The time to get the image ready is immense! It’s about 20 times harder to get a Linux image ready than Windows. Printer support sucks. Auto detect never works ever for me. Some commercial laser printers just don’t work. Others require fiddling with the right ppd file. Even when you know what to do, the interface is terrible and involves waiting for it to time out over and over while searching for a driver you know it won’t find. Another problem is there just isn’t anything like folder redirection in Linux. You either have to put everything on nfs or samba. Or use a Dropbox like solution, which there aren’t even any decent open source implementations of. Our teachers need to take home work and have this be seamless. Can’t be done in Linux. Another issue is switching monitors. X will crash. Even one in 20 times is enough to not deploy, since that means lost work. Getting Active Directory support is a pain as previously discussed. The initial joining a domain isn’t hard, it’s all the little bugs and limitations. It also adds an extra minute to startup time.

Any Linux migration will probably involve LibreOffice. LO has problems. Power point import and export is terrible. Also it’s very buggy. It’s nice to have the latest version of LO, since it’s one the most used programs. But each update breaks the default configuration! I have to manually set the default file format each time, which is absurdly difficult.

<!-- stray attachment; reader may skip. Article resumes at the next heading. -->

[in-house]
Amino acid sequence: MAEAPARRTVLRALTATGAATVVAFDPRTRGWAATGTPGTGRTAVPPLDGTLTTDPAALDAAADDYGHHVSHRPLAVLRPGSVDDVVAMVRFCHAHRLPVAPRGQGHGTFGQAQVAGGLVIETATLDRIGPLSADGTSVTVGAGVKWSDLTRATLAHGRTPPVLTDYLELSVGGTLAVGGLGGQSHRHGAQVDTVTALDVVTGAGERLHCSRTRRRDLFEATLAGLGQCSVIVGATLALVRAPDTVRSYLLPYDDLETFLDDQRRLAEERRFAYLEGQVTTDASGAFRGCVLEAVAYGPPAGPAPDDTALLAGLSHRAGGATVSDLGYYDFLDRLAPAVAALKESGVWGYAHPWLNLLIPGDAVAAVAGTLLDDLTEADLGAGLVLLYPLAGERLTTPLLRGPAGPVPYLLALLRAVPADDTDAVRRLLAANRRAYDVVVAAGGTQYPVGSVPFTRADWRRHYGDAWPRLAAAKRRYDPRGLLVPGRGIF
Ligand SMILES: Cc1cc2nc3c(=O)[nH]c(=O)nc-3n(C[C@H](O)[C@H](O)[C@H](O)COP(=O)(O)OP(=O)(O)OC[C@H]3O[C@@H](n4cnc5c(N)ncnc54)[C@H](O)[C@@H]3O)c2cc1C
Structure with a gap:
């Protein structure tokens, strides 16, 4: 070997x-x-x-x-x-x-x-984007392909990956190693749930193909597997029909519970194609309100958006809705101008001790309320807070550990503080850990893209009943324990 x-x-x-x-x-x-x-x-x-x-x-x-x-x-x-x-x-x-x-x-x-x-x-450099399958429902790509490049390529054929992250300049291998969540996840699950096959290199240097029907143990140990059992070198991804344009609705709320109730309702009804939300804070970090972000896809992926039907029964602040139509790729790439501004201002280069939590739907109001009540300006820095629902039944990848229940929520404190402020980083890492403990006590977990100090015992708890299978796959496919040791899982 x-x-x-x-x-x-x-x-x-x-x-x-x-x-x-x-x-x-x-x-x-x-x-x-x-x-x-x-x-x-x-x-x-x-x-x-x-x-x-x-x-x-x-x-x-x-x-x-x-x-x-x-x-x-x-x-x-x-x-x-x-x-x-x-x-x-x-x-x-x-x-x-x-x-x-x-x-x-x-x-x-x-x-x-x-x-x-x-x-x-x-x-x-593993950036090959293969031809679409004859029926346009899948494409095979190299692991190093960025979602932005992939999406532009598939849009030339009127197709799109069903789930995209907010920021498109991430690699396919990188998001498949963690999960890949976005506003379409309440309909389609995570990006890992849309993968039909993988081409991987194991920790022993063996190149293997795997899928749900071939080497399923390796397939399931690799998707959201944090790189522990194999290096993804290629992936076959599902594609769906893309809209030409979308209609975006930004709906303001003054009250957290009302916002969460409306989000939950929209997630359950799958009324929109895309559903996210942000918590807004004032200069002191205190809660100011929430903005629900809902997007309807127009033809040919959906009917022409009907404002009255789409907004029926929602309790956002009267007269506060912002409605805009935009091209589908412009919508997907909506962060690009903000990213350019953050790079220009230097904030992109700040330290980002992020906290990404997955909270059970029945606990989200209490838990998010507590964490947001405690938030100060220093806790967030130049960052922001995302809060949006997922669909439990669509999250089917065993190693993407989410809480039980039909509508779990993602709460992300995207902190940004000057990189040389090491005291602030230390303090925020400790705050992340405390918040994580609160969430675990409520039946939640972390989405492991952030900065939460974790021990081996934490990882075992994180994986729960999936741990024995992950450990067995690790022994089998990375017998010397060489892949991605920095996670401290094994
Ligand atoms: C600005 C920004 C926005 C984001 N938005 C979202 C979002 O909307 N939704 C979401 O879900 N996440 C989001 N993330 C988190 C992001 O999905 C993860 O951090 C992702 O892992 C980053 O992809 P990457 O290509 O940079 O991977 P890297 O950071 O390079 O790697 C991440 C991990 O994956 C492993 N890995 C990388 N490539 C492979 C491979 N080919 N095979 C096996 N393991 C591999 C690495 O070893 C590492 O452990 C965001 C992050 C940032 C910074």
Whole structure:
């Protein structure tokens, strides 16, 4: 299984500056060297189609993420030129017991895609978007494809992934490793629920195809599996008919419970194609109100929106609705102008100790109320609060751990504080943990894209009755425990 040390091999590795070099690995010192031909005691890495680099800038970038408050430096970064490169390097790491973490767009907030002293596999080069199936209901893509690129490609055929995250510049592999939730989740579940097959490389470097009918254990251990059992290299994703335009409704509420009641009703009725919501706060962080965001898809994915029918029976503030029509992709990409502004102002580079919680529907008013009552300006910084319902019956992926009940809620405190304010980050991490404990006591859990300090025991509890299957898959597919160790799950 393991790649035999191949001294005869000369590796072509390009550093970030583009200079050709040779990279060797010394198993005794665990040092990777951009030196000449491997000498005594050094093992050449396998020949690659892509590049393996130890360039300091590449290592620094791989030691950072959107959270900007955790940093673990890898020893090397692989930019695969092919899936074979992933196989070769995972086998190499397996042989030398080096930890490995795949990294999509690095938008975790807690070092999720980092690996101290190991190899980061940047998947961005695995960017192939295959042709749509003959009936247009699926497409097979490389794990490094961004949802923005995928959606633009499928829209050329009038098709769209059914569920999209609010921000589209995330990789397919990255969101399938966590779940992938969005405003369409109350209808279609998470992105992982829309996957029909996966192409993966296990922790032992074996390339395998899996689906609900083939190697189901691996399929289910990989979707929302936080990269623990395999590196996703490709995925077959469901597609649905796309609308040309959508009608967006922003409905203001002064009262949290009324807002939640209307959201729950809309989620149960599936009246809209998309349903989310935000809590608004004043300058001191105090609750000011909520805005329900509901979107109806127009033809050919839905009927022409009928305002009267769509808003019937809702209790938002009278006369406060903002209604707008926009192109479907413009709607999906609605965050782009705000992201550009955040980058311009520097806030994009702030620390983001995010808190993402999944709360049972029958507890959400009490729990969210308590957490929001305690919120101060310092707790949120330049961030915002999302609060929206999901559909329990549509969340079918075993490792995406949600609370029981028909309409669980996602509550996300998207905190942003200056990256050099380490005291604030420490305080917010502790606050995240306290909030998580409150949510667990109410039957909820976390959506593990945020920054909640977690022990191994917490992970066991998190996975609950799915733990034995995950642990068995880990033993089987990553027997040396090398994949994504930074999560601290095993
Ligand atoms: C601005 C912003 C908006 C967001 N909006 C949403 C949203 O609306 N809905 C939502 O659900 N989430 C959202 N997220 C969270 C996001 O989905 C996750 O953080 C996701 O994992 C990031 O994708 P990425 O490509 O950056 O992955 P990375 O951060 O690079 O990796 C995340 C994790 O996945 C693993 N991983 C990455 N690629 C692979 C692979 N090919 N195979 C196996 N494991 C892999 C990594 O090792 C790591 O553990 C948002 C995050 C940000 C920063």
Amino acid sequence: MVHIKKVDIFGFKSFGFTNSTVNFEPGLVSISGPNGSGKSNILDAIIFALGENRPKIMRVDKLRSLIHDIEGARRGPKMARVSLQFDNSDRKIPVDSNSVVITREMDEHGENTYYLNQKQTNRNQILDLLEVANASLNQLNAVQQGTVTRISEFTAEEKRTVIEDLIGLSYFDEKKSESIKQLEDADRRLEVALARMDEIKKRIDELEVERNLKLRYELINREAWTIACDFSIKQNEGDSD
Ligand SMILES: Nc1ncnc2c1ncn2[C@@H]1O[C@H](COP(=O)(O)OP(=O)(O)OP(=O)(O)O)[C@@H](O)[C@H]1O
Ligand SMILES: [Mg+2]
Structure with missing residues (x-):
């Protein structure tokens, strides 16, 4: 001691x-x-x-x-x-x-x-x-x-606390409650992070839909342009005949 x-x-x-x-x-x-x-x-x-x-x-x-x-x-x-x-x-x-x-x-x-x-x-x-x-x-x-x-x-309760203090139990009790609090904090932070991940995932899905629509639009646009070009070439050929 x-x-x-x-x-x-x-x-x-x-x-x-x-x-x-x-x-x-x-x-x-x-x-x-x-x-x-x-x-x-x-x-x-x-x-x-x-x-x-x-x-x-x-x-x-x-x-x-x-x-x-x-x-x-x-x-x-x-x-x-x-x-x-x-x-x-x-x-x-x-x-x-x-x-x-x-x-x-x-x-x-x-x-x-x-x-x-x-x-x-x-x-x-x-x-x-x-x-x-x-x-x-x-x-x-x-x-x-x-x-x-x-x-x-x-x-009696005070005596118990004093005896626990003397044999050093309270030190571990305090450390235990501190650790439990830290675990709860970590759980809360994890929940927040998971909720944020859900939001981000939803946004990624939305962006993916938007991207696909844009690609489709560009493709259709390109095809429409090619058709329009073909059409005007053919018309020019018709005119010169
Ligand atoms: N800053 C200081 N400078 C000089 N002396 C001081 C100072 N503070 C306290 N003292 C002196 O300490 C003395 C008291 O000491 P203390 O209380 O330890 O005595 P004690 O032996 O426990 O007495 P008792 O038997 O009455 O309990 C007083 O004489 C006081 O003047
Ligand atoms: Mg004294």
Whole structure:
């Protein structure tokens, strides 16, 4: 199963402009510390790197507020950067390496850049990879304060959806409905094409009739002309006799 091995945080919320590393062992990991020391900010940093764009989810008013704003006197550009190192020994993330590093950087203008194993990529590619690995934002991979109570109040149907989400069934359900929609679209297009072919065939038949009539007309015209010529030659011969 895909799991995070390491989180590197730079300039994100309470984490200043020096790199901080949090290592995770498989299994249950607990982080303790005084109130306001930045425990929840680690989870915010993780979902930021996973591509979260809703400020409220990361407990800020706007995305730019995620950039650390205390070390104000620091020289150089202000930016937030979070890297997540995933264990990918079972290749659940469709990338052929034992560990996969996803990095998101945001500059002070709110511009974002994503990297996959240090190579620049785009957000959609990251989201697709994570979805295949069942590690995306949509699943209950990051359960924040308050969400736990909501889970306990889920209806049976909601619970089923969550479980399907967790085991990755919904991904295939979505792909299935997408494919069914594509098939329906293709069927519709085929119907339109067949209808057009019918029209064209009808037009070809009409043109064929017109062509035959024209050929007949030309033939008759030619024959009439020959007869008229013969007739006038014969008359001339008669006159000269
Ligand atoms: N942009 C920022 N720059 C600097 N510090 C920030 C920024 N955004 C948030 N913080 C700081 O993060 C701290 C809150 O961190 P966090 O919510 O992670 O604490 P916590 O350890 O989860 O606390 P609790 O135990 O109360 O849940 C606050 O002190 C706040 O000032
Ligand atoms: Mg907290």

sudo sed -i ‘s/<prop oor:name=”ooSetupFactoryDefaultFilter”><value>writer8</value>/<prop oor:name=”ooSetupFactoryDefaultFilter”><value>MS Word 97</value>/g’ /usr/lib/libreoffice/basis3.3/share/registry/writer.xcd

Calc is generally bad. Why does pressing ctrl-down go to row 1048576 instead of the last row with data? Why does EVERYTHING increment. If I type “ID 200” and drag it down, the next becomes “ID 201”, etc.  Auto filtering likes to remove itself when you switch sheets. It has some features though on Microsoft. I honestly don’t see how Excel gets away without having regular expressions. Also MS Office just can’t handle open document files. Students like to have lots of random file formats they somehow make. LibreOffice opens them all, while MS Office can’t even open MS works files! I’ve been a long time OpenOffice user. Recently I’ve been playing with MS Office just to see what others are using. Now I hate all office software. Don’t even get me started on that horrid ribbon.